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Finding Reality in Fiction: The Authenticity of Yakuza-Eiga

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dc.contributor.advisor Jiang, Yonglin
dc.contributor.author Yambrach, Betrice
dc.date.accessioned 2014-12-01T18:54:24Z
dc.date.available 2014-12-01T18:54:24Z
dc.date.issued 2014
dc.identifier.uri http://hdl.handle.net/10066/15084
dc.description.abstract Since its introduction in the 1930s, yakuza-eiga has been a popular genre in Japanese cinema. It has gone through an extensive evolution throughout the years, portraying the yakuza, Japan's largest organized crime syndicate, in various themes and styles. Yakuza-eiga reached the height of its popularity after the Pacific War in the 1950s and 60s, providing Japan with a new, modern national hero. The yakuza portrayed in these films upheld a strict code of honor and was bent on defending humanity. Honor and morality became significant motifs used in yakuza-eiga, but unfortunately they were not very representative of actual yakuza society. These films created an over stylized and romantic view of the yakuza that consequently impacted how the public viewed them in reality. By the 1970s, yakuza-eiga ratings were decreasing drastically. Viewers grew bored of the repeated plots centered on honor and humanity and began to realize for themselves that these films portrayed quite unrealistic representations. As a response, filmmakers began to shape yakuza-eiga to be more representative of actual the yakuza. Yet, even these new films faced harsh criticism regarding authenticity. Instead of romanticizing honor and morality, yakuza-eiga now romanticized violence and crime. Since then, yakuza-eiga has never been considered seriously because of its tendency to stray from reality and over dramatize. In my essay I will counter these accusations and argue that, while romanticized, yakuza-eiga presents themes and situations that parallel true yakuza and their society. I will analyze various scenes throughout Kitano Takeshi's film Outrage (2010) and Fukasaku Kinji's five part film series, Battles Without Honor and Humanity (1973-1974). I will then compare these scenes to factual events and occurrences in yakuza society and prove yakuza-eiga's ability to successfully represent reality. By establishing its authenticity, yakuza-eiga can be used as a method to gaining a basic understanding and appreciation of yakuza life and society.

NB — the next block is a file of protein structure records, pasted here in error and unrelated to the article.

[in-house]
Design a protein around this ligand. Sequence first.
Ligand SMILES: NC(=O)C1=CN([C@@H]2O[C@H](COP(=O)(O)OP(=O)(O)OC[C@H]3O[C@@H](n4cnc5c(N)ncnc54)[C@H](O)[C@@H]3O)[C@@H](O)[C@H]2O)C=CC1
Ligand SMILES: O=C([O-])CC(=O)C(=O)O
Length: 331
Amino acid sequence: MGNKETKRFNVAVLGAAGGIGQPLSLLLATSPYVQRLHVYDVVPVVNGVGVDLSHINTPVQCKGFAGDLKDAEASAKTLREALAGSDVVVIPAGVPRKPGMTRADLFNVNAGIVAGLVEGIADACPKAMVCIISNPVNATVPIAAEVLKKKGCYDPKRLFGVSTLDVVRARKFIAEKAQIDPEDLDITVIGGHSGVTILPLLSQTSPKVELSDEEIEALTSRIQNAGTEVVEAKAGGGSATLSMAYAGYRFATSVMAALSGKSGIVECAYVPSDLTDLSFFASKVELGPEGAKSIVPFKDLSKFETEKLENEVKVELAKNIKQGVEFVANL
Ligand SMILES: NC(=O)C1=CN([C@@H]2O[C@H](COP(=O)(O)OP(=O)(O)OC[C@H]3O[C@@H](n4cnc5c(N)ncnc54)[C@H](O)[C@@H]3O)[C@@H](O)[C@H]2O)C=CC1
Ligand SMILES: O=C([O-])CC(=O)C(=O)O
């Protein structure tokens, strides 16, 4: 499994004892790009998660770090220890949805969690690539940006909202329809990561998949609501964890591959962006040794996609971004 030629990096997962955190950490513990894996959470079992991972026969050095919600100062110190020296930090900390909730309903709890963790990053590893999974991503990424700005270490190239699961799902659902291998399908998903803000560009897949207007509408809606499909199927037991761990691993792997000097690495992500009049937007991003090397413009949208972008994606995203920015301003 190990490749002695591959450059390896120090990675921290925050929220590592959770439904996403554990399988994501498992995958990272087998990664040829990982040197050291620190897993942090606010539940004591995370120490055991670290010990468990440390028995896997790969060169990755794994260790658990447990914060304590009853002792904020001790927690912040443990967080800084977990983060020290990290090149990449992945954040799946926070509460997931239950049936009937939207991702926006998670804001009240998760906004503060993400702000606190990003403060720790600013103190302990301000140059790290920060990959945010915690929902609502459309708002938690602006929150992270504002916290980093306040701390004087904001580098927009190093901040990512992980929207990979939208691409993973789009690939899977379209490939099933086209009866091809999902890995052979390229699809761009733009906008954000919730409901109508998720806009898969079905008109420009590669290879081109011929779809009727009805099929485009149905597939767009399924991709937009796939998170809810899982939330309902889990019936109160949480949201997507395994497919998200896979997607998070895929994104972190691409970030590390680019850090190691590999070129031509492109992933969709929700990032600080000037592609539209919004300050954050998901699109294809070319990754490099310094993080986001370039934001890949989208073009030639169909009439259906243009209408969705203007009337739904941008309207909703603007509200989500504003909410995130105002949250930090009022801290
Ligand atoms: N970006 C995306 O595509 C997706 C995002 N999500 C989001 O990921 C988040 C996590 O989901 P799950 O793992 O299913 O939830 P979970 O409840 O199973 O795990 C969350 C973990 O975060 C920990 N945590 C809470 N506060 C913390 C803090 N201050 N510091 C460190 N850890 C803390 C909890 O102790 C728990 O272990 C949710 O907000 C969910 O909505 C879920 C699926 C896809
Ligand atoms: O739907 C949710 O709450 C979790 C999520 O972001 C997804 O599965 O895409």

dc.description.sponsorship Haverford College. Department of East Asian Studies
dc.language.iso eng
dc.rights.uri http://creativecommons.org/licenses/by-nc/3.0/us/
dc.subject.lcsh Gangster films -- Japan -- History and criticism
dc.title Finding Reality in Fiction: The Authenticity of Yakuza-Eiga
dc.type Thesis
dc.rights.access Bi-College users only


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